Critics seem fond of identifying Richard Ford with America itself.
Born in 1944 in Jackson, Miss., the only child of a traveling salesman and a homemaker, Ford has led a peripatetic existence, living in virtually every state in the union from California to New Jersey. He spent his restless youth trying his hand at several professions, including the military, the law, and academia. He's even worked as a journalist. ("And not a very good one, either," he says.)
As an artist, Ford has created one of the most paradigmatic of American characters in Frank Bascombe, who figures in four of the novelist's best-known works, his 1986 breakout book, The Sportswriter, the Pulitzer Prize-winning Independence Day (1995), Lay of the Land (2006), and 2014's Let Me Be Frank.
Ford has taken a brief sabbatical from fiction to publish his first book-length memoir, Between Them: Remembering My Parents.
A modest volume, it's divided into two parts, one devoted to Ford's mother, Edna, who died in 1981, and the other to his father, Parker Carrol Ford, who died suddenly of a heart attack in 1960, when Ford was 16.
Ford will talk about the book Tuesday at the Free Library of Philadelphia Central Library.
The author, who lives with his wife, Kristina, in Maine, spoke to me recently about his experience writing the book.
You begin the first part within weeks of your mother's death in 1981. But more than 55 years separates your father's death and your attempt to capture him in words.
You could almost say I knew my mother better than I knew my father. A lot better. She was around my life for many more years, and so it was relatively easy to write about her compared with my father.
What moved you to write that first piece about your mother?
I think it's because I missed my mother very much. It was as simple as that. She was such a big feature in my life. [My wife and I] don't have children, and the three of us just fit together as a unit pretty well for the last 20 years of her life.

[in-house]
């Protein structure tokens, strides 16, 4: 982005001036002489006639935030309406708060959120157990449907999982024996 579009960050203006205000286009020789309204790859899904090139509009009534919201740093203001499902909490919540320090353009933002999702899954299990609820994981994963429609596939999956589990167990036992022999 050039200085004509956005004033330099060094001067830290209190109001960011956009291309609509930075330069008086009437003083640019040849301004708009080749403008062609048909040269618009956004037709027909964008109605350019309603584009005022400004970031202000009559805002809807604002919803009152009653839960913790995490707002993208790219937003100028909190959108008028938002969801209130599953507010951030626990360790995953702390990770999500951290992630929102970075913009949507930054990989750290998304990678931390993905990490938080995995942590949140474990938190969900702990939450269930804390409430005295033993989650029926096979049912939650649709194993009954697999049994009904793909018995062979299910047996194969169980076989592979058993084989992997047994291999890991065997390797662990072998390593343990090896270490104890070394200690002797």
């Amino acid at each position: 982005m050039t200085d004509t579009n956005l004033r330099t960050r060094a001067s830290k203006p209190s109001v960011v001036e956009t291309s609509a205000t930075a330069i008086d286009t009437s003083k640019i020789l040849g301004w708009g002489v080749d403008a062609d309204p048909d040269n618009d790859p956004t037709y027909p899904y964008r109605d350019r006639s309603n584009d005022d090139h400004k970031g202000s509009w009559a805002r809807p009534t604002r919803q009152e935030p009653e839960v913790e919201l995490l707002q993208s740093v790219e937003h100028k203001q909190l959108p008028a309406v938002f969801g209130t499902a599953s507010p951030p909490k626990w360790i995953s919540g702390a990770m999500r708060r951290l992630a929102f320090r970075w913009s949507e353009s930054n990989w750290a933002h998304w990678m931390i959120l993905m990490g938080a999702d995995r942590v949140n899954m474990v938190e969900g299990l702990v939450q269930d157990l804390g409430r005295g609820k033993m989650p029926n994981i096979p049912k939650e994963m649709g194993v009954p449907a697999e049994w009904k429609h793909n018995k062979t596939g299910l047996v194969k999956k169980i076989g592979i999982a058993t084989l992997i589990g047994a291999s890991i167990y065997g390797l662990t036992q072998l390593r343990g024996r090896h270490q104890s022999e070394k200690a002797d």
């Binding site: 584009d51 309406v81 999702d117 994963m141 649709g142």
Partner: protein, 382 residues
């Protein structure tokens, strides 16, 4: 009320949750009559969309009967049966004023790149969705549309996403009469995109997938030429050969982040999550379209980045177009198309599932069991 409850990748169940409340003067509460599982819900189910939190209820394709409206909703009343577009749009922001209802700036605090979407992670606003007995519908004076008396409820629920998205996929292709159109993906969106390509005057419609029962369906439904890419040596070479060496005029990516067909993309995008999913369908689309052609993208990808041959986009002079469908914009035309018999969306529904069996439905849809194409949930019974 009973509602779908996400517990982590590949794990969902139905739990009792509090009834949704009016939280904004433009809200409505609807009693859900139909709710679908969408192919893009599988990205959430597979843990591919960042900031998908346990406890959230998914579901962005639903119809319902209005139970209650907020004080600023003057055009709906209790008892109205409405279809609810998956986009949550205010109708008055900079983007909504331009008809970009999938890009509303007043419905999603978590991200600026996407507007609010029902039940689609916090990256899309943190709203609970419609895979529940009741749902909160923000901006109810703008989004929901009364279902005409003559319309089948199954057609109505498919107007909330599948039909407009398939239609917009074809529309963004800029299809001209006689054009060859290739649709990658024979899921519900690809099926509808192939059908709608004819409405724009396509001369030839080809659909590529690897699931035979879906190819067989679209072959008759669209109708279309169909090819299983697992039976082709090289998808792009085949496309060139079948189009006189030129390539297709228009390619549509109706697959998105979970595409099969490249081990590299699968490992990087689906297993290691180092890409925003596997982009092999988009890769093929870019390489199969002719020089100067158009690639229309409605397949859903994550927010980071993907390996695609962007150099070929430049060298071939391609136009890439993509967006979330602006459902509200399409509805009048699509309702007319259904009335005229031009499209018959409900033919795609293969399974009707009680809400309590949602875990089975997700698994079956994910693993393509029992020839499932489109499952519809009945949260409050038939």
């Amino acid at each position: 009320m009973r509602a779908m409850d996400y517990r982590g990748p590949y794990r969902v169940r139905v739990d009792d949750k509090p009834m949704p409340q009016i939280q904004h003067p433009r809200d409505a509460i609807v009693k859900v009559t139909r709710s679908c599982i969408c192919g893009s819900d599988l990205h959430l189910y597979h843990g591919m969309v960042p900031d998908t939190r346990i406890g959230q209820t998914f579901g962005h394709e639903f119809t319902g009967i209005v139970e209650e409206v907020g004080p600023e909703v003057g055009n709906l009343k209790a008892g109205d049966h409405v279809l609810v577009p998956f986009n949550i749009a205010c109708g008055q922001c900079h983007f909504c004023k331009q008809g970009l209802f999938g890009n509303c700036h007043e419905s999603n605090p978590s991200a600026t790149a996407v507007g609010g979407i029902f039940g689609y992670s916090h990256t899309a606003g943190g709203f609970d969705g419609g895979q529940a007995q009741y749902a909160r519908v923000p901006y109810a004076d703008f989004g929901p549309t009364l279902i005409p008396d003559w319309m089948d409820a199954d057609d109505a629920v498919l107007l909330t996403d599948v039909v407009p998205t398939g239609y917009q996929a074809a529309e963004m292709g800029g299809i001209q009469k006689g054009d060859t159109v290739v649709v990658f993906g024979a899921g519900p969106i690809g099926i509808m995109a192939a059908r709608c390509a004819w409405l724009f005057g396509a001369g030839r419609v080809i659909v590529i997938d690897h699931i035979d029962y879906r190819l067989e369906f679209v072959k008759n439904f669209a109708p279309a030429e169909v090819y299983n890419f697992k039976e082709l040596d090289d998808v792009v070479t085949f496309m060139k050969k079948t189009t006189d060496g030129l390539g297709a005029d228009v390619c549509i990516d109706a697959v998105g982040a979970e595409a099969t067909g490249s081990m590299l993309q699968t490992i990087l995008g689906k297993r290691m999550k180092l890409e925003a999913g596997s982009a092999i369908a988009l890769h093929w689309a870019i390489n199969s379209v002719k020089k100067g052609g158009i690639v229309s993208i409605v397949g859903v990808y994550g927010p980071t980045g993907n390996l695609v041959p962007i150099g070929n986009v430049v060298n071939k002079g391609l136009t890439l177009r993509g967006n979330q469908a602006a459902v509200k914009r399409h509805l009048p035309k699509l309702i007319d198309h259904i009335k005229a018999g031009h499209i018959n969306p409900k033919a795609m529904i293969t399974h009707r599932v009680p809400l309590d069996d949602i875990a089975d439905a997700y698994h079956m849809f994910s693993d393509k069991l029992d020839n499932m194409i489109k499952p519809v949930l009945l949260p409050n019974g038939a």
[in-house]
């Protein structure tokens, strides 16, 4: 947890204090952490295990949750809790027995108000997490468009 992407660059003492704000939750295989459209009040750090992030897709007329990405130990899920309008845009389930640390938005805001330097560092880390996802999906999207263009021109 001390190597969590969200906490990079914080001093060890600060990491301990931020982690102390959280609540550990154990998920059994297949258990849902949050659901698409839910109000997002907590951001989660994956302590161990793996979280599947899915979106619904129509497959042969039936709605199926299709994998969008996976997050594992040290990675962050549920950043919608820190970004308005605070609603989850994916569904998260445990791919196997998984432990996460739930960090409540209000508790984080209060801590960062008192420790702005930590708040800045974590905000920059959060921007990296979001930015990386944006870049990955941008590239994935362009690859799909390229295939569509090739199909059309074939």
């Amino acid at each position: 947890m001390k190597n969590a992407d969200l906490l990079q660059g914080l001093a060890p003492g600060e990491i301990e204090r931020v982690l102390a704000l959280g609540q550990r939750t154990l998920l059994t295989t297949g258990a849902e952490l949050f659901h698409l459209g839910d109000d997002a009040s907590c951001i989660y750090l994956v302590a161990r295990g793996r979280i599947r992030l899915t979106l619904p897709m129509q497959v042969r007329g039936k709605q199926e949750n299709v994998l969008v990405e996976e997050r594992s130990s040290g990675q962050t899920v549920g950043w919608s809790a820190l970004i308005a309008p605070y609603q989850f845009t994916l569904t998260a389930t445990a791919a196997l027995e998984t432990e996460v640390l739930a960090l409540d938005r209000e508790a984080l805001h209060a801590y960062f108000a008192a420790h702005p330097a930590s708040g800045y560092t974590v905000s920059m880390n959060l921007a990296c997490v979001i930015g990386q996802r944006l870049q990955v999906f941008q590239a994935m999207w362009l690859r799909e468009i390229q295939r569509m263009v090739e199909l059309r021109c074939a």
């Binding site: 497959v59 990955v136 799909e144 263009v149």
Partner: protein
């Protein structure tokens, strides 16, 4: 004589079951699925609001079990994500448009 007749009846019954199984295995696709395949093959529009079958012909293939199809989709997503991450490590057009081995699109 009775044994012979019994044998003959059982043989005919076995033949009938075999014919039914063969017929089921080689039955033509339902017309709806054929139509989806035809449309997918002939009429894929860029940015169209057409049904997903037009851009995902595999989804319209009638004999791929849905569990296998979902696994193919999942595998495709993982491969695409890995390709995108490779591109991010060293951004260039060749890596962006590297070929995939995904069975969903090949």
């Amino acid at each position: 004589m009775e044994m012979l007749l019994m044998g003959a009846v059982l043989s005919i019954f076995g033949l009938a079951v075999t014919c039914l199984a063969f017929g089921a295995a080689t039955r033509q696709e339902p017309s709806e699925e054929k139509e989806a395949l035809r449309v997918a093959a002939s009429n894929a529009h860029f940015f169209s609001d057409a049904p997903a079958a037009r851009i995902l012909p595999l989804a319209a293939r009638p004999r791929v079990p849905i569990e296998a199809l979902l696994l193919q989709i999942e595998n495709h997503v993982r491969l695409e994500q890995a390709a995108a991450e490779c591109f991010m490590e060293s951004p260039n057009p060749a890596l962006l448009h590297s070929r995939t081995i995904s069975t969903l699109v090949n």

You felt somehow compelled to write about her?
Well, yes. Until I wrote about my mother, I had never considered writing about my parents. Either one of them. But once I did, it occurred to me that I could, should, and might write about my father. By that point it was 1986 or so, my father had been dead for 26 years, and he was never much of a physical feature in my life -- although he was also a profound feature -- and so I thought: 'God, how do I do that? I don't know very much about him. So I'll just postpone this.'
And the years flew by.
Yes, but I had started to keep notes, and over that time I had accumulated little tidbits about him.
How did you finally decide to do it?
Every time I would think about how I would do this, I just came up with a lot of impediments. … I didn't know how to do it because he was gone, and he was absent. He was absent. Ultimately, it occurred to me, 'If you're going to do this, you have to make absence a kind of presence.' So that was the key to my being able to write about my father.
He was a traveling salesman who'd be gone five days out of the week. So his absence was a feature of your life even before his death. Did that translate into a certain coldness or a distance in his relationship with you?
No, I wouldn't say that at all. … I had two loving and wonderful parents.